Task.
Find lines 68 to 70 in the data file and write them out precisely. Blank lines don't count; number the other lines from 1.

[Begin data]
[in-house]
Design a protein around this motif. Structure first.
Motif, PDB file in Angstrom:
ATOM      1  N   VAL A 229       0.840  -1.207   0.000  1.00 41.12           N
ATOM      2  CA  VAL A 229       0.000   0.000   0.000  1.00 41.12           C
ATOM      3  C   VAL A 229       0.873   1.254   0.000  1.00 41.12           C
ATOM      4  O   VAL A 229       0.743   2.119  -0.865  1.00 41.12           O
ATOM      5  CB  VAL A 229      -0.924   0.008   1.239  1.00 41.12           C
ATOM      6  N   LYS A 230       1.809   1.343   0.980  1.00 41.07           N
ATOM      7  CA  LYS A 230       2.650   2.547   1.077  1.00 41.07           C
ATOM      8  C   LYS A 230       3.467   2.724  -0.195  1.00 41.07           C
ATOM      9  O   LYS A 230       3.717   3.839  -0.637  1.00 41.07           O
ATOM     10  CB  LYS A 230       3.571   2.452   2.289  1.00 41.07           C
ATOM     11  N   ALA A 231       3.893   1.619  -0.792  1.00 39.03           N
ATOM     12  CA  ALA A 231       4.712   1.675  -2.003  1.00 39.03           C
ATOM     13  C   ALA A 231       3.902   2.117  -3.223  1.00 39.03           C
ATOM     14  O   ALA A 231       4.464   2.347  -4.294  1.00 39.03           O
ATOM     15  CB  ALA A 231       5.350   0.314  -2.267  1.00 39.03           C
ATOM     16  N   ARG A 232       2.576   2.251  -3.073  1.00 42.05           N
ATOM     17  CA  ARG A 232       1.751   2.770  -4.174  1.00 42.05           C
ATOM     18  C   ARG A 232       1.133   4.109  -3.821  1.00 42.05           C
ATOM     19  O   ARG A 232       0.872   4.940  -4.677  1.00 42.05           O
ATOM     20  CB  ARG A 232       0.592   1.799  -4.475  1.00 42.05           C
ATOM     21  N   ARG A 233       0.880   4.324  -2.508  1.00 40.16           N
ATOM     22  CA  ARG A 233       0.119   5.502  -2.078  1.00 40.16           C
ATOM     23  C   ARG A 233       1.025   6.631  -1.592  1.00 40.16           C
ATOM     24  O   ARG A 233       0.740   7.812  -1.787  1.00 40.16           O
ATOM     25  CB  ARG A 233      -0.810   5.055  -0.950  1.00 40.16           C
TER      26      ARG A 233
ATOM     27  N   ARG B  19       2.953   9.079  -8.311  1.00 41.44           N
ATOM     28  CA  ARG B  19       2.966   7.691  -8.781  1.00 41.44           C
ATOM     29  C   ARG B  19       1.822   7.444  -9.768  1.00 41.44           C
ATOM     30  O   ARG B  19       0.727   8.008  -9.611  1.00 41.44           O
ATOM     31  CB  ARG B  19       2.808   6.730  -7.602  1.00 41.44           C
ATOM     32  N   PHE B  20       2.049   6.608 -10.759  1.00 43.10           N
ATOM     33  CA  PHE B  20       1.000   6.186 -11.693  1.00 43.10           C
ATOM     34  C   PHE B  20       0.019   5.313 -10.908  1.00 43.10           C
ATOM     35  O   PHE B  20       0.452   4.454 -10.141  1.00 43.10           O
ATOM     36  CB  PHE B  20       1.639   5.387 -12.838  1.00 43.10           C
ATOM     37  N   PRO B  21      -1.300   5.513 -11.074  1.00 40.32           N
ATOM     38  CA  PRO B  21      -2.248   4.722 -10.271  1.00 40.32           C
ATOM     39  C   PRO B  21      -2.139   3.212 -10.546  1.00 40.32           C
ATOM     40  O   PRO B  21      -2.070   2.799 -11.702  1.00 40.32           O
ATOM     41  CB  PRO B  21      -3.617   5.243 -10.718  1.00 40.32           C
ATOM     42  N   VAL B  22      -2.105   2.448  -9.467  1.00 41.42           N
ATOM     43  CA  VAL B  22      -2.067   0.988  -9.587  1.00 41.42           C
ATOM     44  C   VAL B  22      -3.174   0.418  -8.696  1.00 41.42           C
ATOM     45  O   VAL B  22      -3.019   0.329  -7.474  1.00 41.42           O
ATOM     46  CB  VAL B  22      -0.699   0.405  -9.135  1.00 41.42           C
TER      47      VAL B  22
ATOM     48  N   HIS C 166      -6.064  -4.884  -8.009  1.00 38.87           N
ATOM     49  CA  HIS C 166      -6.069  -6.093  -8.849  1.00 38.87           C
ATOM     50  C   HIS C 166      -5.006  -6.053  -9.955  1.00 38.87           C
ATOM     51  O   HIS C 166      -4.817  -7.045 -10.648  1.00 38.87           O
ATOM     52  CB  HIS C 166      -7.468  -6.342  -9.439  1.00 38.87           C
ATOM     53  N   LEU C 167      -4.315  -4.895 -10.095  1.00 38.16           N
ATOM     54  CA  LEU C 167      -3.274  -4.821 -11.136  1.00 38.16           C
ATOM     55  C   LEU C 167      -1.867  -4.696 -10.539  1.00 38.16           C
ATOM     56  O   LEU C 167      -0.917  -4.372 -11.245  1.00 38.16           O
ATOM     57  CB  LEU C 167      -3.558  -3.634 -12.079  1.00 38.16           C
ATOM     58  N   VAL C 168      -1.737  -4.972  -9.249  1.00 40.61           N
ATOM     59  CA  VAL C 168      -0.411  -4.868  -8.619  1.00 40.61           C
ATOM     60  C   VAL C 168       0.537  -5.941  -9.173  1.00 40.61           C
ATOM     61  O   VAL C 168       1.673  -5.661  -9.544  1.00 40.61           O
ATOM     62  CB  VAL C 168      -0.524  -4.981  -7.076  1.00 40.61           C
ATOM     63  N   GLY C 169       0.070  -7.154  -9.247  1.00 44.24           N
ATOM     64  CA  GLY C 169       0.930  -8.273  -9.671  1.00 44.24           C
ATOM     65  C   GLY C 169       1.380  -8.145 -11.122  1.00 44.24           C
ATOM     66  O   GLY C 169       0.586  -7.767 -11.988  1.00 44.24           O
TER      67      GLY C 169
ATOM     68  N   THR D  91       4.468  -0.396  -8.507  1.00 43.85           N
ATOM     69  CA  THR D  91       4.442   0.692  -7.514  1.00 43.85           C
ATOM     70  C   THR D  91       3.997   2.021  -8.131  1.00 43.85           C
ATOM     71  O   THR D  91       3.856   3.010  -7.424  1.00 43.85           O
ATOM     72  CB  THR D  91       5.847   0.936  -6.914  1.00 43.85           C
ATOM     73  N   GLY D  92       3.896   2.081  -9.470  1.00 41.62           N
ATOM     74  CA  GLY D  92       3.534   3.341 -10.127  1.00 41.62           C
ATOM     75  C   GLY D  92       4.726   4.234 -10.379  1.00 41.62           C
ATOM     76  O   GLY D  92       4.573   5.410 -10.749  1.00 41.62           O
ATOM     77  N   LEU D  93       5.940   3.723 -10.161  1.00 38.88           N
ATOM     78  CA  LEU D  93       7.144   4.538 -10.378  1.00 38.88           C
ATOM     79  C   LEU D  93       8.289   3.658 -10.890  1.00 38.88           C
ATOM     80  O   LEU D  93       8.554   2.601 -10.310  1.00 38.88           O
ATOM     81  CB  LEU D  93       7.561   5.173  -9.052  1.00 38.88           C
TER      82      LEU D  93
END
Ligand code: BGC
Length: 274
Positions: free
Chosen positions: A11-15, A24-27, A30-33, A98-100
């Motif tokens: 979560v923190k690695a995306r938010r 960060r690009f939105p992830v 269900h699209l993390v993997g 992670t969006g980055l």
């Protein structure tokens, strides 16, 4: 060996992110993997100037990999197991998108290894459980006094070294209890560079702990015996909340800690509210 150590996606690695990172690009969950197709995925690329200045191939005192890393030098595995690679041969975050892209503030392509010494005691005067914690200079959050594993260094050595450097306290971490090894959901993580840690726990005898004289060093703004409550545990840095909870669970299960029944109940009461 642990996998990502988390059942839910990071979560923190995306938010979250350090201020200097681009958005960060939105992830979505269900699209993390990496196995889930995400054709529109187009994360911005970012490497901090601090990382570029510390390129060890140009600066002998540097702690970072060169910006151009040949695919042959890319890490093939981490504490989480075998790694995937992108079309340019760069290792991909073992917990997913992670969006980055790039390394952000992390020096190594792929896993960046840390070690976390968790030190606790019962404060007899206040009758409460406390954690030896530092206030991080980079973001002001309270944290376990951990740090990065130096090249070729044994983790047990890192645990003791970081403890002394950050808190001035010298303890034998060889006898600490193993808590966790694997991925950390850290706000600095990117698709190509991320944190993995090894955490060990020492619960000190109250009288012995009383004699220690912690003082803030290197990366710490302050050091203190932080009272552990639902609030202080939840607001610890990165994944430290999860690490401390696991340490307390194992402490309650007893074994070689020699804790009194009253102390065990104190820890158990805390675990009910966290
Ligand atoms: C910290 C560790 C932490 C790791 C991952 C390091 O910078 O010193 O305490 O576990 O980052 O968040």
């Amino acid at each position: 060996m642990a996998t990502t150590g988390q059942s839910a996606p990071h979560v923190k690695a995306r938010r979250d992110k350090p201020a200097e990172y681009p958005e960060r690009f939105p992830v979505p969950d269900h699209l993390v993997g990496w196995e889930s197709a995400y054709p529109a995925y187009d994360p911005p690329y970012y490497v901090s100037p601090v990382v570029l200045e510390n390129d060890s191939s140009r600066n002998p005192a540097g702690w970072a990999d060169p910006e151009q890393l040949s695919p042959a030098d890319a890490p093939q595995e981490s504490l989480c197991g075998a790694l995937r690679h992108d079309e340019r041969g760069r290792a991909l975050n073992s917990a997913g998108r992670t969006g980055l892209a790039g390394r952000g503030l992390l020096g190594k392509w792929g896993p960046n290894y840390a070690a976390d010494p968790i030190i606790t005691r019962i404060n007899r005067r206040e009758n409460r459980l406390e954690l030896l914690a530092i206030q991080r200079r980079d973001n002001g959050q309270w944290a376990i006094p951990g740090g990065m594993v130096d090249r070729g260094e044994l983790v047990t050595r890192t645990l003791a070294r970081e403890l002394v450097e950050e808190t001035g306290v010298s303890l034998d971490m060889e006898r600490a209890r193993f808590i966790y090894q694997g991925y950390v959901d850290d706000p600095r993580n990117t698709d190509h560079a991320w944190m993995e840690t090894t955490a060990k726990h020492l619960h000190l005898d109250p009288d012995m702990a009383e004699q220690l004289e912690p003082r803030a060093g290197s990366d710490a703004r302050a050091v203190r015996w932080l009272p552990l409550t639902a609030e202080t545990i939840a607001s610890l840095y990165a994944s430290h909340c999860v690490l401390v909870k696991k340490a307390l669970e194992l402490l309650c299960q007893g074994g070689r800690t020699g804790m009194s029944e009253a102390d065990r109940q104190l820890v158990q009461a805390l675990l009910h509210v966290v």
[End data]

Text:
ATOM     65  C   GLY C 169       1.380  -8.145 -11.122  1.00 44.24           C
ATOM     66  O   GLY C 169       0.586  -7.767 -11.988  1.00 44.24           O
TER      67      GLY C 169